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I have an html button that when the user clicks the button it will change color from blue to red and back. Is there a better way to do this in jQuery?

HTML/jQuery

<html>
<head>
    <title>Button Fun</title>
    <script src = 'bower_components/jquery/dist/jquery.js'></script>
    <script type="home.js"></script>
    <link rel="stylesheet" type="text/css" href="styles.css"/>
    <script type="text/javascript">
    clicked = true;
    $(document).ready(function(){
        $("button").click(function(){
            if(clicked){
                $(this).css('background-color', 'red');
                clicked  = false;
            } else {
                $(this).css('background-color', 'blue');
                clicked  = true;
            }   
        });
    });
    </script>
</head>
<body>

    <button>Press</button>

</body>
</html>

CSS

button{
    background-color: blue;
    height:100px;
    width:150px;
}
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  • \$\begingroup\$ For starters, you don't need an entire library for this (unless you're using jQuery elsewhere in your project) you can just use vanilla js. \$\endgroup\$ – ʰᵈˑ Jul 7 '16 at 15:34
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$("button").click(function(){
    if(clicked){
        $(this).css('background-color', 'red');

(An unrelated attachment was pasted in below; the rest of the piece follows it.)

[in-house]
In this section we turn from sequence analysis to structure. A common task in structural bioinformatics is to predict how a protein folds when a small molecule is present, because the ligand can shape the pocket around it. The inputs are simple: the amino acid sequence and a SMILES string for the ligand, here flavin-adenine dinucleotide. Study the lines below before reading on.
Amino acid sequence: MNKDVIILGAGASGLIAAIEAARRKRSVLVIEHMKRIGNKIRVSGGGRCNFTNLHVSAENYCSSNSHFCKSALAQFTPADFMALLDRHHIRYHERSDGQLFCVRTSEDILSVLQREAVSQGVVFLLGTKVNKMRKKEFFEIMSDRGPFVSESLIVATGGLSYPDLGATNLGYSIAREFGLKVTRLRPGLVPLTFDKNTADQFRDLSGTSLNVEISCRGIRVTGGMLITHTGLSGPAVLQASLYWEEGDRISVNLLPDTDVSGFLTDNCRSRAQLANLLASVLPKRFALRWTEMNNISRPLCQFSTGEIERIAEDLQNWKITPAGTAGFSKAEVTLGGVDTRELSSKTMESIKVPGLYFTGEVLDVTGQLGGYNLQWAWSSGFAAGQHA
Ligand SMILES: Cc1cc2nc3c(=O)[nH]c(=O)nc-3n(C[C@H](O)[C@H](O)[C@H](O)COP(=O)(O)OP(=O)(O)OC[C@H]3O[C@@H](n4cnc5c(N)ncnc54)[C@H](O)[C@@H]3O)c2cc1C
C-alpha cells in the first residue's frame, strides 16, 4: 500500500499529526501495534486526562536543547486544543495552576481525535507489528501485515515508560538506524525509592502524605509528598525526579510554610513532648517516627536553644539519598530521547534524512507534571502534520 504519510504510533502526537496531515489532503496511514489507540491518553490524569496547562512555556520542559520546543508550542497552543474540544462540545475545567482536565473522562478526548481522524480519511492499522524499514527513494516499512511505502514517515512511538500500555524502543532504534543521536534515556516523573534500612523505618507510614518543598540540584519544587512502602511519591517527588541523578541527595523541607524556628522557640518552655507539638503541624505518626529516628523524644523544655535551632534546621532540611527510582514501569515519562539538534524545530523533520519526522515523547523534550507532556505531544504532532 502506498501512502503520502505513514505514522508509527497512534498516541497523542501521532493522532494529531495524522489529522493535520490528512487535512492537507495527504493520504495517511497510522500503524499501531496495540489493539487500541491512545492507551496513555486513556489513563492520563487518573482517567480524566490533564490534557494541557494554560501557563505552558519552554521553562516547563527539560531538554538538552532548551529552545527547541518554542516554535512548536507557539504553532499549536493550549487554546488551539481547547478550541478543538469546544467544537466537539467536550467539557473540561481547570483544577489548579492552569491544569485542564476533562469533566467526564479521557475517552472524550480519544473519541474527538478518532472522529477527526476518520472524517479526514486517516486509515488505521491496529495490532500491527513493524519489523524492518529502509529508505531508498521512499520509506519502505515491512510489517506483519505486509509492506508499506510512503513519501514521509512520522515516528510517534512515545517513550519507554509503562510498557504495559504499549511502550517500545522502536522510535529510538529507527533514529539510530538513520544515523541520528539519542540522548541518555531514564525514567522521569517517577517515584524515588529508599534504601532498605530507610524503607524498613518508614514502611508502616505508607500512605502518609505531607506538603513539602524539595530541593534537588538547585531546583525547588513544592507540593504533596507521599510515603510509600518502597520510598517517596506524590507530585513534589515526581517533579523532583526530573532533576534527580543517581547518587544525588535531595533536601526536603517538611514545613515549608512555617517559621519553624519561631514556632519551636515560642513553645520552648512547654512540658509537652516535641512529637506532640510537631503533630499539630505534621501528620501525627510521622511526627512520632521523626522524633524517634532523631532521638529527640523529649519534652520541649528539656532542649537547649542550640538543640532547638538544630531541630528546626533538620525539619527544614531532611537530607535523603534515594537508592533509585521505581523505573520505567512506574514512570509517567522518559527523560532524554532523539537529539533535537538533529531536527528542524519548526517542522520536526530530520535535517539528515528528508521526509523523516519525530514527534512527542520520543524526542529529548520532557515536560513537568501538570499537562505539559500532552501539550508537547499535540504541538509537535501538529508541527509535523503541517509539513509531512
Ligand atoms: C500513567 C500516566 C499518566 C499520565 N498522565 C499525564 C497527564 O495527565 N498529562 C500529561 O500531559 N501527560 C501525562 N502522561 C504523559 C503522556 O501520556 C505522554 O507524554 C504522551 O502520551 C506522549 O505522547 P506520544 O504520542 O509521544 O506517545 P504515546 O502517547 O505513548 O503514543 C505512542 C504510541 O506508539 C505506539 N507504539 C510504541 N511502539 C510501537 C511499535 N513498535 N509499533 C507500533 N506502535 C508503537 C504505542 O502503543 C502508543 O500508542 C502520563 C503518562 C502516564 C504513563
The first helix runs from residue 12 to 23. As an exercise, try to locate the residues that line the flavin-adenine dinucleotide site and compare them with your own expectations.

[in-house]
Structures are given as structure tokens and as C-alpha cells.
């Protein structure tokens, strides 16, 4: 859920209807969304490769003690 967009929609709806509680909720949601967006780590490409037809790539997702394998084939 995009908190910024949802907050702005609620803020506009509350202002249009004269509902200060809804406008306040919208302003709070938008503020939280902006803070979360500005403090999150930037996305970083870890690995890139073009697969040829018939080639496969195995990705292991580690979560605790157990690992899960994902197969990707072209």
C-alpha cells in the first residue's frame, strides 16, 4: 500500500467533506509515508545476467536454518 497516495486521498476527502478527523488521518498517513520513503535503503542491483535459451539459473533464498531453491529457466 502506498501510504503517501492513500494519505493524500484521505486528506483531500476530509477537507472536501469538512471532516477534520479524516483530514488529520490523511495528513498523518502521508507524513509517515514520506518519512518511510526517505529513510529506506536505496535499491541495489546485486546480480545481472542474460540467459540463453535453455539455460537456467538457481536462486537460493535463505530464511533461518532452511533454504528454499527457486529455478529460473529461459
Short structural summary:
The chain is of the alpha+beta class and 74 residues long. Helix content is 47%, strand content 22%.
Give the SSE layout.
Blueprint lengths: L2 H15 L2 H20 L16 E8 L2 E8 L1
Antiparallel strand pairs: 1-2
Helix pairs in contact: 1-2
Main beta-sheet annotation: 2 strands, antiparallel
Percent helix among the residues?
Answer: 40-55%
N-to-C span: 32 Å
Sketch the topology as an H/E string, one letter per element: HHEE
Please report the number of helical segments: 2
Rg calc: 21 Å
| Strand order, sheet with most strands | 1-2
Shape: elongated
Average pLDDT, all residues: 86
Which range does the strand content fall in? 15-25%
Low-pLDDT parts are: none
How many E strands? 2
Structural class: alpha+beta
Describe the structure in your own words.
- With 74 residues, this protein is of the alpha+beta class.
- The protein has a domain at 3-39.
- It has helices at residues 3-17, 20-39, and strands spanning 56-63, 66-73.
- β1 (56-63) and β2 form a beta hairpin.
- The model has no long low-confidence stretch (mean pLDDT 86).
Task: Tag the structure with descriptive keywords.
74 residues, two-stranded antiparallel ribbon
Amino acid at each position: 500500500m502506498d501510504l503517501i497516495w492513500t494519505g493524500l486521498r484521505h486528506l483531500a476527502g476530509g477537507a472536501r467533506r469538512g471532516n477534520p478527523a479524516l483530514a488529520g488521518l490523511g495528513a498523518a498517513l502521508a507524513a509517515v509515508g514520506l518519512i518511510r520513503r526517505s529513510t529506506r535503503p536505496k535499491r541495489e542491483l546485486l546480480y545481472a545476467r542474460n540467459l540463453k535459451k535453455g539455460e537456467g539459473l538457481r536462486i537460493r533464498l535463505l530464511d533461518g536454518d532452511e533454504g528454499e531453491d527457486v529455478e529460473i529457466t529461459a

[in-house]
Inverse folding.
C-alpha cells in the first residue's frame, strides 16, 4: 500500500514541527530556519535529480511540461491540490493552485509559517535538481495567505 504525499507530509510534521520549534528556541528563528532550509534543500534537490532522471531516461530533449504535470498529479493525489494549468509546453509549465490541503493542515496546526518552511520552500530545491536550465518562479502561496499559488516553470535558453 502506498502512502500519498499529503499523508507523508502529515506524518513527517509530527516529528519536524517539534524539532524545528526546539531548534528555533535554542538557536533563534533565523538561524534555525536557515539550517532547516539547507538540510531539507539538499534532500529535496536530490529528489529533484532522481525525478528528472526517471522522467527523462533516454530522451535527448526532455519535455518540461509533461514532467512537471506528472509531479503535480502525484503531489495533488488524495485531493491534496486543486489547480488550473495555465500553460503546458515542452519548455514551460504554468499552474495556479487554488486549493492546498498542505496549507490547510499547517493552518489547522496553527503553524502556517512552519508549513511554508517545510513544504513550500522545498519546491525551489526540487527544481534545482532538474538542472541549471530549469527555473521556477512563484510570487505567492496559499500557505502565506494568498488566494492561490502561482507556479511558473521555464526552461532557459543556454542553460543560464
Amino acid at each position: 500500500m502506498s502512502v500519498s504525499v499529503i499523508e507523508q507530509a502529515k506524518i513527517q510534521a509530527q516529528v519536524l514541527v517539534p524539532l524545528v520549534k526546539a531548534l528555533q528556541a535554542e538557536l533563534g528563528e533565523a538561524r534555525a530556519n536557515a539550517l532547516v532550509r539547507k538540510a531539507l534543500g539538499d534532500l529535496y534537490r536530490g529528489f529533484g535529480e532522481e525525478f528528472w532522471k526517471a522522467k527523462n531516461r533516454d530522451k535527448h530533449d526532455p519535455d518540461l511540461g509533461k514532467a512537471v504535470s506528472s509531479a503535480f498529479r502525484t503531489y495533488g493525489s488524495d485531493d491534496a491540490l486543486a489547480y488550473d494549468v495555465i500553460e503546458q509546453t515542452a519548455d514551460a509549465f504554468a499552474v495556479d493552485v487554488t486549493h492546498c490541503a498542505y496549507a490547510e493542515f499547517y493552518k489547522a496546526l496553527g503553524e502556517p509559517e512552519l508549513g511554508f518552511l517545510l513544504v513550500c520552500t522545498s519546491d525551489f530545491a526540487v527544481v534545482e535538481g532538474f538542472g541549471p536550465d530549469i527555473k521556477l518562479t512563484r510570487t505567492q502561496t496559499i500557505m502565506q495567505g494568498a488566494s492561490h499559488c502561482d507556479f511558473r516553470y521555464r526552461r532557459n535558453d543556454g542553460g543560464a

clicked  = false;
    } else {
        $(this).css('background-color', 'blue');
        clicked  = true;
    }   
});

You could do it like this instead

$("button").click(function(){
    var color = clicked ? 'red' : 'blue';
    $(this).css('background-color', color);
    clicked = !clicked;
});

We move the color picking to a single variable choice using a ternary statement and then we only have to write out the change to the CSS of the element once. then we flip the boolean.

I don't like the name of the boolean variable, it doesn't accurately describe what it is keeping track of, based on the way the code is written it should be named isButtonBlue.

If the button is blue, turn it red. If the button is not blue, turn it blue.


After looking at this a little bit longer I was thinking that you could make it one line shorter by making another line longer by moving the ternary statement into the CSS change

$("button").click(
    $(this).css('background-color', isButtonBlue ? 'red' : 'blue');
    isButtonBlue = !isButtonBlue;
});
| improve this answer | |
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8
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It would be better to use CSS for styling and manipulate a class with JS (using the jQuery library, in this case).

<!doctype html>
<html>
    <head>
        <meta charset="utf-8">
        <title>Button Fun</title>
        <style>
            button {
                background-color: blue;
                height: 100px;
                width: 150px;
            }

            button.pressed {
                background-color: red;
            }
        </style>
    </head>
    <body>
        <button>Press</button>
        <script src="https://ajax.googleapis.com/ajax/libs/jquery/3.0.0/jquery.min.js"></script>
        <script>
            $(() => {
                'use strict';
                $('button').click(function() {
                    $(this).toggleClass('pressed');
                });
            });
        </script>
    </body>
</html>
| improve this answer | |
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  • 1
    \$\begingroup\$ I discussed your suggested edit to my post with other people in chat. Please feel free to join us, this is a very good answer. \$\endgroup\$ – Malachi Jul 7 '16 at 13:26
  • 1